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Since you are primed on the question. You should read Rainbows End by Vernor Vinge. It's a near-future sci-fi book that tackles these sorts of questions.

As a bit of a "spoiler" his solution is a covenant with the citizens. The government will hack all of our computers, will own the IME equivalents of every machine, and in return they will only use this power to hunt down terrorists and mass murderers, people who are looking to leverage technology to build nuclear weapons, bio-weapons, etc.

Things like parallel construction would have to stop though. Or be considered an immediate dismissal.




That doesn't sound like near-future fiction. That sounds like 20 years ago but without the part that the government promises to only do this for "good" reasons.


That sounds like a rather dull anti-climax...

Another post on the same site as the root post discusses the surveillance state, he roughly justifies what is happening currently:

https://opaque.link/post/fog_of_cryptowar/

But I disagree on a couple of points, truth is more important than pseudo "pragmatism". A problem with incorrect pragmatism is that we collectively talk each other away from the seemingly impossible... which may in fact turn out to be possible. The study of cryptography (both primitives and protocols and systems) can be viewed as the study of paradoxical possibility. Things that seem to be impossible until they turn out to be possible.

It is in this sense that I wrote:

https://news.ycombinator.com/item?id=16947652

Perhaps I should be writing science fiction stories instead...


How could the citizens trust the government to do only that?


I mean, in the book, this is post terrorist cells using nuclear weapons and bio weapons, facilitated by technology like the OP, a solution was required. And this one could be non-dystopian, making it better than other solutions.


It could be nondystopian, as long as a government with effectively unlimited surveillance powers could be trusted not to abuse them.

History suggests that is not long.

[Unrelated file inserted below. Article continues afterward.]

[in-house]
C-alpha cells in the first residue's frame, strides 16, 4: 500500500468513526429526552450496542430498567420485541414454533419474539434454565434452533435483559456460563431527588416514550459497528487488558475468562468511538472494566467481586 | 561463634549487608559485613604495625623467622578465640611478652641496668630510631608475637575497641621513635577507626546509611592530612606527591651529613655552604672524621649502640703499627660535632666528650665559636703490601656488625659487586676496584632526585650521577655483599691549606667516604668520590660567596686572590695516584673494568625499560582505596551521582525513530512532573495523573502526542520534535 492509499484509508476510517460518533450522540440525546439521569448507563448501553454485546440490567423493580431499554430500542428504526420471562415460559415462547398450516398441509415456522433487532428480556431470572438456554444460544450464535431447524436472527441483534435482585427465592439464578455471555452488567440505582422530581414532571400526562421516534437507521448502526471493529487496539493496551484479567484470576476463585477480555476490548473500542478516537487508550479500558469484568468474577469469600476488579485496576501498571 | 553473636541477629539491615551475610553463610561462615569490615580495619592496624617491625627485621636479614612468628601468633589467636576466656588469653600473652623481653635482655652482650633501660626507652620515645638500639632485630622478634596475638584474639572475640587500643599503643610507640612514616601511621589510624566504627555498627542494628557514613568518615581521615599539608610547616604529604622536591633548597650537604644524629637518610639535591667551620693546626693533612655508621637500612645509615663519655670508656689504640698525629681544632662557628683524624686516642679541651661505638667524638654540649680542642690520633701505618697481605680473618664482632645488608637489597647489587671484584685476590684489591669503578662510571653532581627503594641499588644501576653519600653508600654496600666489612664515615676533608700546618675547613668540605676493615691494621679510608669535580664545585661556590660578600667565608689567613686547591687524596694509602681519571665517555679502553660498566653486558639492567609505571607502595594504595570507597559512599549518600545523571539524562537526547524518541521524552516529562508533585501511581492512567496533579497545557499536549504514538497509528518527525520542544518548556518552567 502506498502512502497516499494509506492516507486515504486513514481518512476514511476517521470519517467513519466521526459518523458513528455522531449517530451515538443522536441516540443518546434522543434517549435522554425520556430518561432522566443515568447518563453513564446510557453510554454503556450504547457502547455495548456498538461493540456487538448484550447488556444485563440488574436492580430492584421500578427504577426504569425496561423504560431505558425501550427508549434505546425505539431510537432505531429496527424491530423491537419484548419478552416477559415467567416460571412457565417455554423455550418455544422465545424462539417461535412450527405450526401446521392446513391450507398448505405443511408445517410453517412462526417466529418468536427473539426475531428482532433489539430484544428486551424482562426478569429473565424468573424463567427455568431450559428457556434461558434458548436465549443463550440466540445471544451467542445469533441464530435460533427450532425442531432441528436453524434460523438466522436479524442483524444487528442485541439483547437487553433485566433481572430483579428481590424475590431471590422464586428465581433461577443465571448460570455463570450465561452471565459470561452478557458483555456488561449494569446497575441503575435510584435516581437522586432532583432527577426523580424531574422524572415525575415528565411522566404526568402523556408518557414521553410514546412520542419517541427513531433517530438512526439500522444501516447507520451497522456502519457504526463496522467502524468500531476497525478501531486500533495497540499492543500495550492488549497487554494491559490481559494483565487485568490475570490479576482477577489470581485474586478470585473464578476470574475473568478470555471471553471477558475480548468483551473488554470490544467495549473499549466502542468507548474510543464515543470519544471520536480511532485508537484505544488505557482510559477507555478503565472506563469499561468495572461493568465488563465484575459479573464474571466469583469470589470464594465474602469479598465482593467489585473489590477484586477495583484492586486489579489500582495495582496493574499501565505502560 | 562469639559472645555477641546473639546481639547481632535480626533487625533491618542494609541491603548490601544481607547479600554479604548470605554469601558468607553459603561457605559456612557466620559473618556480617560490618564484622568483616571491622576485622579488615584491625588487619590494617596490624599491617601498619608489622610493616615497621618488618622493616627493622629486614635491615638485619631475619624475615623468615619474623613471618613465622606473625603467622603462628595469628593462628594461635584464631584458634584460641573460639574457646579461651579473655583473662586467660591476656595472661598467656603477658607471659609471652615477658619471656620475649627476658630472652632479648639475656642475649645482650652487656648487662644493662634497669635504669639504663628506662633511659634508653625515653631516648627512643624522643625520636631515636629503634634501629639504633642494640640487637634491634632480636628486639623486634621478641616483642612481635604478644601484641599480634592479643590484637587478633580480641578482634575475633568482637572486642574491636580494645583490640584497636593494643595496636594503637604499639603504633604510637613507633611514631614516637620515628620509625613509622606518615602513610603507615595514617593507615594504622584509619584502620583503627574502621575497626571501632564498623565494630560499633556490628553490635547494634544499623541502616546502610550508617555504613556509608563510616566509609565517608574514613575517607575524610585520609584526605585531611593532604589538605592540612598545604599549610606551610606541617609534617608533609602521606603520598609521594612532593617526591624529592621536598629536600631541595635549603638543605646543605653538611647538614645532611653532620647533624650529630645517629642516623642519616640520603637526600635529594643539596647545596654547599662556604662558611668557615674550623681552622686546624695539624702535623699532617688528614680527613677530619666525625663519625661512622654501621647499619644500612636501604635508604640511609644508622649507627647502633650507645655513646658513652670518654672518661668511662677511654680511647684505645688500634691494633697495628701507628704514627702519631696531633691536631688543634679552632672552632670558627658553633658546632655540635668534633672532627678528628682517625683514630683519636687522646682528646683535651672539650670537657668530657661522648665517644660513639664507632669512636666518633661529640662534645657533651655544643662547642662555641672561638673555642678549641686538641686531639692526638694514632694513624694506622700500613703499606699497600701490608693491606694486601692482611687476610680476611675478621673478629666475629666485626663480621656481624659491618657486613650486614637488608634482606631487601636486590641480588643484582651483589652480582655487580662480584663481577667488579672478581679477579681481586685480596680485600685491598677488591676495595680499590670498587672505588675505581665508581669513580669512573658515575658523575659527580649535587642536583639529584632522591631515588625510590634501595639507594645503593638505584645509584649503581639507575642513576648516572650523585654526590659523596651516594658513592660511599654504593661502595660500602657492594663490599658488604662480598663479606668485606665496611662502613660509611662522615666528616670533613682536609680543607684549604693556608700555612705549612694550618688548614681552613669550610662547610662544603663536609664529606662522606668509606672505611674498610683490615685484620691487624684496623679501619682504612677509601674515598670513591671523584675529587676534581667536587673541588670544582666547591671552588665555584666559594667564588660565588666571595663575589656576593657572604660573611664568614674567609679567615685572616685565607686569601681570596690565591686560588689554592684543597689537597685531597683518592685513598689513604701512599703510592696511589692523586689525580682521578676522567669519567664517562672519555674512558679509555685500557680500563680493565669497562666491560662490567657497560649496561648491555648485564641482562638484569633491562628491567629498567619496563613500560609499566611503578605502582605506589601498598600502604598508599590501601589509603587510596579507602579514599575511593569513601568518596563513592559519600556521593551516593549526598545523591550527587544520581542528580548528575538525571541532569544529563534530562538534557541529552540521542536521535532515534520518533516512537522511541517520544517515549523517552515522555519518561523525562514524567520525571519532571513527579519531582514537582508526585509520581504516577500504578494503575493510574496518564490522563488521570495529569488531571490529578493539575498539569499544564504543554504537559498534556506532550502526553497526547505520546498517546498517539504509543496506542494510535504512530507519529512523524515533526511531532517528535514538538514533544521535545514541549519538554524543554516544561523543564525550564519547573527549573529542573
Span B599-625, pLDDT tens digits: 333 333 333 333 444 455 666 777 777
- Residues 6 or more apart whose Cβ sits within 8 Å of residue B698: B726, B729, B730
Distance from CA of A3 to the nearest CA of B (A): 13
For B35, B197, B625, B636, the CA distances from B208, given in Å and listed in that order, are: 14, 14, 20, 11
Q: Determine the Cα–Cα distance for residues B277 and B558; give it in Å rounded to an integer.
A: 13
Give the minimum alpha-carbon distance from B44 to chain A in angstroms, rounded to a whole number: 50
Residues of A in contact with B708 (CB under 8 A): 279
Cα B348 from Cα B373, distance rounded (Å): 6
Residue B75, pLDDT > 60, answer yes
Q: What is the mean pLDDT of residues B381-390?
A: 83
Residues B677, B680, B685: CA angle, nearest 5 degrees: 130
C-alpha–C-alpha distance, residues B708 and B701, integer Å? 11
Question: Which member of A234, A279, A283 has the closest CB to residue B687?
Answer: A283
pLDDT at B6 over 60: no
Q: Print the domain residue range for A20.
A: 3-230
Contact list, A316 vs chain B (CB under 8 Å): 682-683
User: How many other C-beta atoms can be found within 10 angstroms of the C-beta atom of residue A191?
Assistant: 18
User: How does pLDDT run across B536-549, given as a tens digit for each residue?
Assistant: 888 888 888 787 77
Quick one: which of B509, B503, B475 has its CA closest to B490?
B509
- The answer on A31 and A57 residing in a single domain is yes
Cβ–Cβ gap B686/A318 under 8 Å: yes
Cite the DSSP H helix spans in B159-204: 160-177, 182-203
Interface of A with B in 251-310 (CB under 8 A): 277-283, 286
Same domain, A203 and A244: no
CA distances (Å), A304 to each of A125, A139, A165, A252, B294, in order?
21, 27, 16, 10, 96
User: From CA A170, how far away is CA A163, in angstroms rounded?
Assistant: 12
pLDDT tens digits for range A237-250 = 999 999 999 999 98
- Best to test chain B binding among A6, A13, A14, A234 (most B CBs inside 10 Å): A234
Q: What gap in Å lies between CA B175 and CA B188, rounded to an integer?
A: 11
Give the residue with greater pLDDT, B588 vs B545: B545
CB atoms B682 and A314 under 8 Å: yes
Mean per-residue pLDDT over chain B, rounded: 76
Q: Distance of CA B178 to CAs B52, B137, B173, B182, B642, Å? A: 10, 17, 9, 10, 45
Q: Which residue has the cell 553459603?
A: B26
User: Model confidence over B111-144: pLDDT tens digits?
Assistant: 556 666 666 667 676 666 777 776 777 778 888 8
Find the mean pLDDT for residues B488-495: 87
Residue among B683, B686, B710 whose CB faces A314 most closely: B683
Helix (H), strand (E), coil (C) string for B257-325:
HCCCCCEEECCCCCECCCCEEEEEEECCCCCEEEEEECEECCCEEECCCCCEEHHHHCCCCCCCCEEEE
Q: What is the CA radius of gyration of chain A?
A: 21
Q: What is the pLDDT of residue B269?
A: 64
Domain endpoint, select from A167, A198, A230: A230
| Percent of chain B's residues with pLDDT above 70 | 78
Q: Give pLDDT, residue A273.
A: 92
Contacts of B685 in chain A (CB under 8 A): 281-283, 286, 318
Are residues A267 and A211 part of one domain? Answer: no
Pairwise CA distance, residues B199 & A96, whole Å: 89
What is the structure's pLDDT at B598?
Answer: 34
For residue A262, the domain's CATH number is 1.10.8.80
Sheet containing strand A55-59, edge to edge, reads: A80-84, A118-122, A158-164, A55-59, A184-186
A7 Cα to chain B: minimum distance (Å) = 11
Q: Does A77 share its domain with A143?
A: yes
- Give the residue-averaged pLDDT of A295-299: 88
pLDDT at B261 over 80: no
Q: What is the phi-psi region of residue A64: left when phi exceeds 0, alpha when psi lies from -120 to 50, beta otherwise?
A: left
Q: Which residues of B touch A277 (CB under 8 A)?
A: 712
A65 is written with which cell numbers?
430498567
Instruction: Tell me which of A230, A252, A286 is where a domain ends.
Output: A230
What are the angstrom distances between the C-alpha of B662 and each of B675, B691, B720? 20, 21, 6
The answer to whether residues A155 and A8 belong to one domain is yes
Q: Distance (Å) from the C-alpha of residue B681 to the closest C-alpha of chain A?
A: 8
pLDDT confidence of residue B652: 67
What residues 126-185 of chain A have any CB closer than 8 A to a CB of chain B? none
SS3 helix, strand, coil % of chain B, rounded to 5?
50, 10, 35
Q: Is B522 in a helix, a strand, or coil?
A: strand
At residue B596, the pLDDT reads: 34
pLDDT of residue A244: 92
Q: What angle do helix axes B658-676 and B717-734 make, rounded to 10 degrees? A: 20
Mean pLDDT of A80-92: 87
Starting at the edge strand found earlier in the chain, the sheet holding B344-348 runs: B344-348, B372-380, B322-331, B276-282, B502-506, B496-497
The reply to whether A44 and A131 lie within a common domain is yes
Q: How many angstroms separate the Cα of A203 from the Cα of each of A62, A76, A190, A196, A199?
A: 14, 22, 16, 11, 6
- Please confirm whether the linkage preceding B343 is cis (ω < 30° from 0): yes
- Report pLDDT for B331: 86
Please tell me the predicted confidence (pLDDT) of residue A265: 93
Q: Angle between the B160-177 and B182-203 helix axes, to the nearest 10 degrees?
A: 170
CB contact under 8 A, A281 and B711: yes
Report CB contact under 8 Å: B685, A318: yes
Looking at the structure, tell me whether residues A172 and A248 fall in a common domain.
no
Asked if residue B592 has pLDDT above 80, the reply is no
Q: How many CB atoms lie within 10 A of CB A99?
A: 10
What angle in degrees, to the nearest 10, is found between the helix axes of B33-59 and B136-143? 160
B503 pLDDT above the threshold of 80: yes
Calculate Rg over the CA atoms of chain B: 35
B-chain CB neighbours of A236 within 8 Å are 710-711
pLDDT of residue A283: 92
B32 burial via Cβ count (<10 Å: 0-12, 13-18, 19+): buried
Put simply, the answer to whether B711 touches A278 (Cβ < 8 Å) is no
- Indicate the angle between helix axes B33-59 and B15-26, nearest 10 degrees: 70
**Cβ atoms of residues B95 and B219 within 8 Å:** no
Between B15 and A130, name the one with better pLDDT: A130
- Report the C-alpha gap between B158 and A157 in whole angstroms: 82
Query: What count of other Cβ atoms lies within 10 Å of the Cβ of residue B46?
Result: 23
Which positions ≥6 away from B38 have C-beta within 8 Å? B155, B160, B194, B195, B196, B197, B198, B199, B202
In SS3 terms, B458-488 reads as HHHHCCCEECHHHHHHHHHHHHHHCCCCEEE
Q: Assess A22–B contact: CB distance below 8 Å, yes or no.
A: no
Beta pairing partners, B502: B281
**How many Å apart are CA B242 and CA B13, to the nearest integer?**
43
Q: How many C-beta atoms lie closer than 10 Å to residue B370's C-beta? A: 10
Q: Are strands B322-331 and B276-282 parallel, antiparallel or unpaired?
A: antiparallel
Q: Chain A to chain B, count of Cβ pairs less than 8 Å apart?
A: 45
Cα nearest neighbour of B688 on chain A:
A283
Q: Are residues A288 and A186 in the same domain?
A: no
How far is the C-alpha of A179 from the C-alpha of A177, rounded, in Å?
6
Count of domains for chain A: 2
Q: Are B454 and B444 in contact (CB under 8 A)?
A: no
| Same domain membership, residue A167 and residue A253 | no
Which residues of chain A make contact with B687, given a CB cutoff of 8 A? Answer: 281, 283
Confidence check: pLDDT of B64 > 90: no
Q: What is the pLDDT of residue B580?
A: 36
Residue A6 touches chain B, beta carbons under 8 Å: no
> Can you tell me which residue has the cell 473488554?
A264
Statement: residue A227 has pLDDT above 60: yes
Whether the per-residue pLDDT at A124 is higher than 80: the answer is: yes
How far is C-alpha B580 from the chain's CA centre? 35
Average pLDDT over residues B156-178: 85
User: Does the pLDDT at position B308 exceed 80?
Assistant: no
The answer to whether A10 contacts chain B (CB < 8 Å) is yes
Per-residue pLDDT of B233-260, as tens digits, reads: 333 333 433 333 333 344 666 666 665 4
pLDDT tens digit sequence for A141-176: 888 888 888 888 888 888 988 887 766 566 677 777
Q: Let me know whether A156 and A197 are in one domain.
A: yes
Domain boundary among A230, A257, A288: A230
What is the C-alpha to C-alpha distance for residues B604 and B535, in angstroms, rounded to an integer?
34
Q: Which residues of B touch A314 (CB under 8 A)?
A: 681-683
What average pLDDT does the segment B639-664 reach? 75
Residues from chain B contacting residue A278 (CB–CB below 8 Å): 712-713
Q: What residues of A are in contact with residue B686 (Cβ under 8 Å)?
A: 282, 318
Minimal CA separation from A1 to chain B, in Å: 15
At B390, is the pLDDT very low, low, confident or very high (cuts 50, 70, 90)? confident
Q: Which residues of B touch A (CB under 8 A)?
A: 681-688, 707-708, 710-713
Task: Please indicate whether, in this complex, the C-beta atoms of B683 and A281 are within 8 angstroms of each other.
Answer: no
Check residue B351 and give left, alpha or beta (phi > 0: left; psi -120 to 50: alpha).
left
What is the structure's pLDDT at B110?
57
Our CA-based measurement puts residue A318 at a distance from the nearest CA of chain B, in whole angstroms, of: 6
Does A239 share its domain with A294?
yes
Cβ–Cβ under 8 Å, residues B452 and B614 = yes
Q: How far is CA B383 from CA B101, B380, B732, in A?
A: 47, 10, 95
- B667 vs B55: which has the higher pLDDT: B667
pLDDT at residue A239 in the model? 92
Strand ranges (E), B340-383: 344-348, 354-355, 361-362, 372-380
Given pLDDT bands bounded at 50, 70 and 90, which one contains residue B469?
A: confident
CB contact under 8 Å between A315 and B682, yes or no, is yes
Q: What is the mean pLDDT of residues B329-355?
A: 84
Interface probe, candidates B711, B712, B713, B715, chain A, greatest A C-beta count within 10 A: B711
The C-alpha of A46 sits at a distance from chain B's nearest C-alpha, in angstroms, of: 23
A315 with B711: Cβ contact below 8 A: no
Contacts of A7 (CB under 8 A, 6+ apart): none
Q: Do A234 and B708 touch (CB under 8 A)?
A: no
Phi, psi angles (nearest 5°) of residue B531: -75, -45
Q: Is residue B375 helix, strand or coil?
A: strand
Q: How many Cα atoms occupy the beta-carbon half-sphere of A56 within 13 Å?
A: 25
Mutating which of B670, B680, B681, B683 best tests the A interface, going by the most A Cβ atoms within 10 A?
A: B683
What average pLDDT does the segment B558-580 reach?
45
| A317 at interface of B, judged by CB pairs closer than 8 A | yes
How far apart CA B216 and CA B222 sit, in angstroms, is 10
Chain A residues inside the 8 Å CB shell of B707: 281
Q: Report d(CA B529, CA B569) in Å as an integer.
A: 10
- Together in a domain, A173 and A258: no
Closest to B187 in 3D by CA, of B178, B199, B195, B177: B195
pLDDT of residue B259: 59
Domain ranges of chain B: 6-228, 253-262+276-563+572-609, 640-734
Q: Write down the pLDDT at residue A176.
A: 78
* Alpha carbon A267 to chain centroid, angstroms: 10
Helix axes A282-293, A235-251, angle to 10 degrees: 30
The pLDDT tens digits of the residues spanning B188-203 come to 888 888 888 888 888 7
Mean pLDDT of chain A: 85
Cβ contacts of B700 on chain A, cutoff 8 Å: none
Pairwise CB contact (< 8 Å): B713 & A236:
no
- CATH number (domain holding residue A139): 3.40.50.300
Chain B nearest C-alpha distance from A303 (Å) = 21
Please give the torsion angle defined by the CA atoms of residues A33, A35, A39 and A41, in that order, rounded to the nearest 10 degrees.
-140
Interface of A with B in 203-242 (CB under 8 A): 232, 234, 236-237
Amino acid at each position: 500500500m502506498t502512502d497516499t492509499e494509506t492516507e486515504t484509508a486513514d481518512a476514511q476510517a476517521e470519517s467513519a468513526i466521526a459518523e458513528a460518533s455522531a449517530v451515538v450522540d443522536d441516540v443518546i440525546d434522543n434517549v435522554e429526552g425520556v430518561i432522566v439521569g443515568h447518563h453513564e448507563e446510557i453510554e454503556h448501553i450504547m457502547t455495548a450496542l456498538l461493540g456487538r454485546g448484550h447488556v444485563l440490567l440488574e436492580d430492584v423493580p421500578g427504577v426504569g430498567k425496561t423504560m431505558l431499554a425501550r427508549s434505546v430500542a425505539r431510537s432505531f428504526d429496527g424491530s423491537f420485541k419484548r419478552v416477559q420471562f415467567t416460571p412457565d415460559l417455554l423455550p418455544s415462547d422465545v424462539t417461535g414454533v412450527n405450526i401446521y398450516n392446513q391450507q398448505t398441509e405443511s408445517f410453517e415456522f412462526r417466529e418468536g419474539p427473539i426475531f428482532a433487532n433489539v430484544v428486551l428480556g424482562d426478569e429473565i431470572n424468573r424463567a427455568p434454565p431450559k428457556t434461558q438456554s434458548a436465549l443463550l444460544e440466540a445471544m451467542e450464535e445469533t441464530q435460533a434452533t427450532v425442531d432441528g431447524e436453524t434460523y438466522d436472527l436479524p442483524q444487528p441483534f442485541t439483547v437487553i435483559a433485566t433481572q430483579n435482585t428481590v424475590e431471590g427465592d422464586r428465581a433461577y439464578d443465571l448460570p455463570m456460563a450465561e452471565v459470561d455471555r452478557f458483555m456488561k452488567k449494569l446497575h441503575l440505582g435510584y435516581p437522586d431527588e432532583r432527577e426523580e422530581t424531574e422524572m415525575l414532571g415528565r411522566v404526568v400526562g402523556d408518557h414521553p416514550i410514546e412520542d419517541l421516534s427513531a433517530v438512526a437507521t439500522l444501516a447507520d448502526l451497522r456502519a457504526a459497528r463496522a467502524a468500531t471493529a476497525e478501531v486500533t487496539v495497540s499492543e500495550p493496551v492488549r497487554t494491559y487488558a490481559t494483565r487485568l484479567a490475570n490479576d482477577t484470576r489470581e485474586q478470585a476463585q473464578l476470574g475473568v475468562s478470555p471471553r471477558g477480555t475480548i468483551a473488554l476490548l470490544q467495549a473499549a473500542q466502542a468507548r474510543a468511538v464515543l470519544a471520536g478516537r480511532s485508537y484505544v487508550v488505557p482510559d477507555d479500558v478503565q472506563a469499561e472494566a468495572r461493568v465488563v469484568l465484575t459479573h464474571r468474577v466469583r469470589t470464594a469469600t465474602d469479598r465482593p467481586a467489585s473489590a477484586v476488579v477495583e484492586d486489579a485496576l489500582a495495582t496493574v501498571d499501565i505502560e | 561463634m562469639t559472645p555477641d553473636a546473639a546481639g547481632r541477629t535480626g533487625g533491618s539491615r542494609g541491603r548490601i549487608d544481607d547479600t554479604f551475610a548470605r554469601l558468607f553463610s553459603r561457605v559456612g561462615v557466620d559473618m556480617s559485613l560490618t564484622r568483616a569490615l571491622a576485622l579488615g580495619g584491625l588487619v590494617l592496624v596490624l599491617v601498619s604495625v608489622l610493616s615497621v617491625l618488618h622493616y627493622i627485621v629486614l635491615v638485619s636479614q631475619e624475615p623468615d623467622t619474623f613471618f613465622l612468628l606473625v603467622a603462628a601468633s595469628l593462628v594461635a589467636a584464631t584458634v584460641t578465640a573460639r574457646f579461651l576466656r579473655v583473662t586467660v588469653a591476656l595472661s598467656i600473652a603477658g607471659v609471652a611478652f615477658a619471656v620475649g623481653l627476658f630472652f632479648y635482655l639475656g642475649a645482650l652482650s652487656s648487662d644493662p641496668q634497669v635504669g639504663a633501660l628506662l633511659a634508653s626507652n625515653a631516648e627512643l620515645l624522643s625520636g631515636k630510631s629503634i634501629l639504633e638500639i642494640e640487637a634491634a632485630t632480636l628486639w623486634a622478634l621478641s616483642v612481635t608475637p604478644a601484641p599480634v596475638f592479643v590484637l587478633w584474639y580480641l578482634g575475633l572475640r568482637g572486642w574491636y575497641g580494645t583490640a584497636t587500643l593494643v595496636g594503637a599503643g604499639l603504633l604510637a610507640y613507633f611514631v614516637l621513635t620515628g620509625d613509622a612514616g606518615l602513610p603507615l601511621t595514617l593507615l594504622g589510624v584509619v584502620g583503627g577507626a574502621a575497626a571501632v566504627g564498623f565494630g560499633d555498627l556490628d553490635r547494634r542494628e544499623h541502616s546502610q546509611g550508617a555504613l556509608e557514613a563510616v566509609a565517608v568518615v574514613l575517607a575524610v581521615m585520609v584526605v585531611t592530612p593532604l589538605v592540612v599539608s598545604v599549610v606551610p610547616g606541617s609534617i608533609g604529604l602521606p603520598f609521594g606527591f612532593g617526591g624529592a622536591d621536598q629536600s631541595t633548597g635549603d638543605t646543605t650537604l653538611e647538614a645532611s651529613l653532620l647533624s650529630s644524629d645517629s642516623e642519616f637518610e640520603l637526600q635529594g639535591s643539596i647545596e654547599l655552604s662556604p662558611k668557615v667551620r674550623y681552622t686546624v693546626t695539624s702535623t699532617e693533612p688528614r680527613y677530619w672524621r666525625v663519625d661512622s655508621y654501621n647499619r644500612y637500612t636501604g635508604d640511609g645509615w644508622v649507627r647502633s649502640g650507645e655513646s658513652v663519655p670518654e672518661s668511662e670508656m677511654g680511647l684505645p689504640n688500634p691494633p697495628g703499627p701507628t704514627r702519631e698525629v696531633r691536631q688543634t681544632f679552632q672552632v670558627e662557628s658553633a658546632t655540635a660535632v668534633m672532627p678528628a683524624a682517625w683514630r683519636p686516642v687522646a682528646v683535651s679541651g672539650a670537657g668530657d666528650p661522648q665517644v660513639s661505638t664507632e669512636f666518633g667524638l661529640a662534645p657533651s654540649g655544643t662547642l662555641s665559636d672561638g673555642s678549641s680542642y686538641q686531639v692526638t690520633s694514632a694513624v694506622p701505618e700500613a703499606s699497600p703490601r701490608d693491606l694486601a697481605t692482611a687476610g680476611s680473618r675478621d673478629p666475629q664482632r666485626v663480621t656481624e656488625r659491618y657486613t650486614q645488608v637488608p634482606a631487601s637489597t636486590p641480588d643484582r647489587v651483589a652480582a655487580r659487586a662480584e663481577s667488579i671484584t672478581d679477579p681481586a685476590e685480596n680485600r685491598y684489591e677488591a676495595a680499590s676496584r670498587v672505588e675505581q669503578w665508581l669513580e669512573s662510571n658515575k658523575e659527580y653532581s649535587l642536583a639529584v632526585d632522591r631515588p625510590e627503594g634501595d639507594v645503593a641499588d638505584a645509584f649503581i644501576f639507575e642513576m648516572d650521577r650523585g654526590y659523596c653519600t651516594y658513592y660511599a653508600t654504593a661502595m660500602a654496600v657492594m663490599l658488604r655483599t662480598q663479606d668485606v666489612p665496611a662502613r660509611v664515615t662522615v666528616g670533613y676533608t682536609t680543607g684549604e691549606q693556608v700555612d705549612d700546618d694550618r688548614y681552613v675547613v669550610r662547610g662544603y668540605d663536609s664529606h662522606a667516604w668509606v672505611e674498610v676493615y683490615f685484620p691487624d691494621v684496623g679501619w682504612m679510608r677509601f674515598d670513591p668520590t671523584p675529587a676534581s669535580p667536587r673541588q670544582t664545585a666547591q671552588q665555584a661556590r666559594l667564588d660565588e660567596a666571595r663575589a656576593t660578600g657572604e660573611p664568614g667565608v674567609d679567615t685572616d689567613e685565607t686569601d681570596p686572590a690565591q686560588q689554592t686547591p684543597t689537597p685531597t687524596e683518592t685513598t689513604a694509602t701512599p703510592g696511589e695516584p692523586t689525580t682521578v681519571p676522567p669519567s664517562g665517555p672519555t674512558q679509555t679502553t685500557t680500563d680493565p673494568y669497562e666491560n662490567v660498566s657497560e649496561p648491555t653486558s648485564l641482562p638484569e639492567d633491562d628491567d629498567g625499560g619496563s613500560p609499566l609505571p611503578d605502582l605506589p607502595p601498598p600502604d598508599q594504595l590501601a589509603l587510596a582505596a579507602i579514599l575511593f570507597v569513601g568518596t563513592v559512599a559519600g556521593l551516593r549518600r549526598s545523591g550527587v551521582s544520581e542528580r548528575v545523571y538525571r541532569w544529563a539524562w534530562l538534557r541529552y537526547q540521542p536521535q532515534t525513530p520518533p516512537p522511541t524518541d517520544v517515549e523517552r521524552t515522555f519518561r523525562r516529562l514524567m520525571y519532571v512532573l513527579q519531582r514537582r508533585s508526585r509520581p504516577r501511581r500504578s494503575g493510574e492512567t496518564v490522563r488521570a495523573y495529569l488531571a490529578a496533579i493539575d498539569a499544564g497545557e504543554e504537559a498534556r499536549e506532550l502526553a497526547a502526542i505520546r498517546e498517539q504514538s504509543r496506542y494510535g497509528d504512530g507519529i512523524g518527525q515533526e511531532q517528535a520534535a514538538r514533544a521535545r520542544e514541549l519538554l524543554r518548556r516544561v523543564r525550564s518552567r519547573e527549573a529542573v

A strong judiciary, high bar to change the law, and harsh accountability.

Still a fine line to walk.


People from more or less politically stable countries like the US are very naive in not considering what can happen to the best of governments overnight.

People from Europe have this sort of... experience. Most of us know that trusting the government with our lives is not a good idea.


If we’re gonna pull punches...

The US isn’t naive. In fact, it’s the opposite. It is a country that was so aware of the folly of government that it deliberately inhibited its own government by design. Because it knows damn well what happens when you relinquish control of yourself to another. That’s why the 2nd amendment is so fundamental.

The US doesn’t have to worry about things happening to the govt overnight, because the worry is built in. A successful model exits, it just needs to be followed...


> People from more or less politically stable countries like the US

I would have agreed with that assessment in the past but in the present I really can't.


Come on, if your country can handle _this_ president without collapsing immediately, your political system is really well designed!


Shall we wait until it is over before drawing conclusions? It's already gone downhill a lot further than I would have expected, the degree to which people are apparently willing to enable all this is f'ing scary.


The Patriot Act and Snowden's revelations show how quickly and drastically the government can misappropriate powers granted to it.


Definitely already read it! Great book, and part of where the questions come from.




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